“The Smurfs: The Legend of Smurfy Hollow”is a mystery to me. It’s listed as a 2013 TV movie starring the voice talents of Hank Azaria as Gargamel, Fred Armisen as Brainy, and Alan Cumming as Gutsy—all of whom, we’re told, “reprise their role from the film.” And yet, it looks as if Sony merely added a two-minute “campout” intro and just under two-minute outro featuring 3D CGI Smurfs to what appears to be a 2D episode of the animated series from the 1980s. At least the colors, the characters, the cartoon Gargamel and his cat look as authentically ‘80s as shoulder pads or big hair.

Total runtime is just 22 minutes, so you can see that not much was added to the TV episode, if, in fact, that’s what happened.

That’s the disclaimer to this Halloween release. For some, it will be an annoyance or deal-breaker to have two styles of animation. For others, it won’t matter one bit, since the original Hanna-Barbera TV series was popular enough to air 256 episodes from 1981-1989.

At any rate, the cartoon is at least a good one. It’s fall harvest time, and to celebrate the Smurfs are having their annual Smurfberry contest to see who can bring back the most Smurfberries. Brainy’s ego is through the roof and he rubs it in the Scottish kilt-wearing Gutsy’s face that he’s won a medal each year for the past nine or so. Wanting badly to win, Gutsy follows him this time, scares him off with a headless horseman ruse, and grabs the berries for himself—then has second thoughts and returns with blonde Smurfette to look for him. That’s where they encounter Gargamel, his traps, and what appears to be a real headless horseman.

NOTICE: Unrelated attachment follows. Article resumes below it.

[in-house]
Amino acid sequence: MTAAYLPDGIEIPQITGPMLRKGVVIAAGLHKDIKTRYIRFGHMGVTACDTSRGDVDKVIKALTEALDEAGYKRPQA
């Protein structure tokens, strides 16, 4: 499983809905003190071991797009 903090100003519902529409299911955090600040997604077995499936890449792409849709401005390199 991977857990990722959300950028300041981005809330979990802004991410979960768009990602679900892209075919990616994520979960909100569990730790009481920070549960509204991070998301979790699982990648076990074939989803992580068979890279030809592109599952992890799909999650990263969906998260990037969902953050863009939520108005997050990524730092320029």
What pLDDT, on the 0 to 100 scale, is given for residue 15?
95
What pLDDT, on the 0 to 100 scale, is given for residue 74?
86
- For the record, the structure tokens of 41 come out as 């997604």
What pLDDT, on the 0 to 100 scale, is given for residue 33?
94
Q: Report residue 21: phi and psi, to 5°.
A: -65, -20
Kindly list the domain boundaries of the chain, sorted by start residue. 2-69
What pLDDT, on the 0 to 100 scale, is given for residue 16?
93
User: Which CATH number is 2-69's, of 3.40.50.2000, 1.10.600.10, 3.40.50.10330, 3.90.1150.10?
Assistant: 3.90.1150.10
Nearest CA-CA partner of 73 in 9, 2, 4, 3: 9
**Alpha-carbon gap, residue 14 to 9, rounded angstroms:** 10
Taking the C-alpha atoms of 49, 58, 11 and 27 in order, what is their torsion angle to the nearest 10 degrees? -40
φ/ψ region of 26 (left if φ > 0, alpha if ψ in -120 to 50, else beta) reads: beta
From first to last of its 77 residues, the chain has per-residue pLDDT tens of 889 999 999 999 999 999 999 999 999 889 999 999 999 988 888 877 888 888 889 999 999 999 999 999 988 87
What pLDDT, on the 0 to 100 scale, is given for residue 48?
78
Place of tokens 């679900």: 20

It’s yet another version of the Washington Irving tale, and probably the most innocuous one for smaller children. The Smurfs are all about cuteness, and any potentially scary situations are played almost instantly for comic effect. There are positive messages here, too, like friendship trumping competition and getting carried away with winning and bragging about it isn’t a good thing.

The cover, though, is misleading. It makes it look like a 3D CGI animated feature, when really if you look at the back you’ll see two small insets of cartoon characters that seem small, rather than accounting for a full 18 minutes of the film.

“The Legend of Smurfy Hollow” is presented in 1.78:1 anamorphic widescreen, and the colors of the main cartoon look “Smurfy.” Blues are bright, reds are brighter, and Smurfette’s hair stands out as well. There’s a decent amount of detail for a DVD, and there’s nothing in the video presentation that would disappoint.

The audio is an English, French (Parisian), or Spanish Dolby Digital 2.0 Stereo, with subtitles in English, English SDH, French, and Spanish.

No bonus features—not even scene selections.

Bottom line:
This Smurf “sandwich”—3D CGI segments wrapped around a meaty 2D animated Smurfs episode—is gentle enough for small children and should evoke some nostalgia in those who grew up watching “The Smurfs” on television. But it’s only 22 minutes long.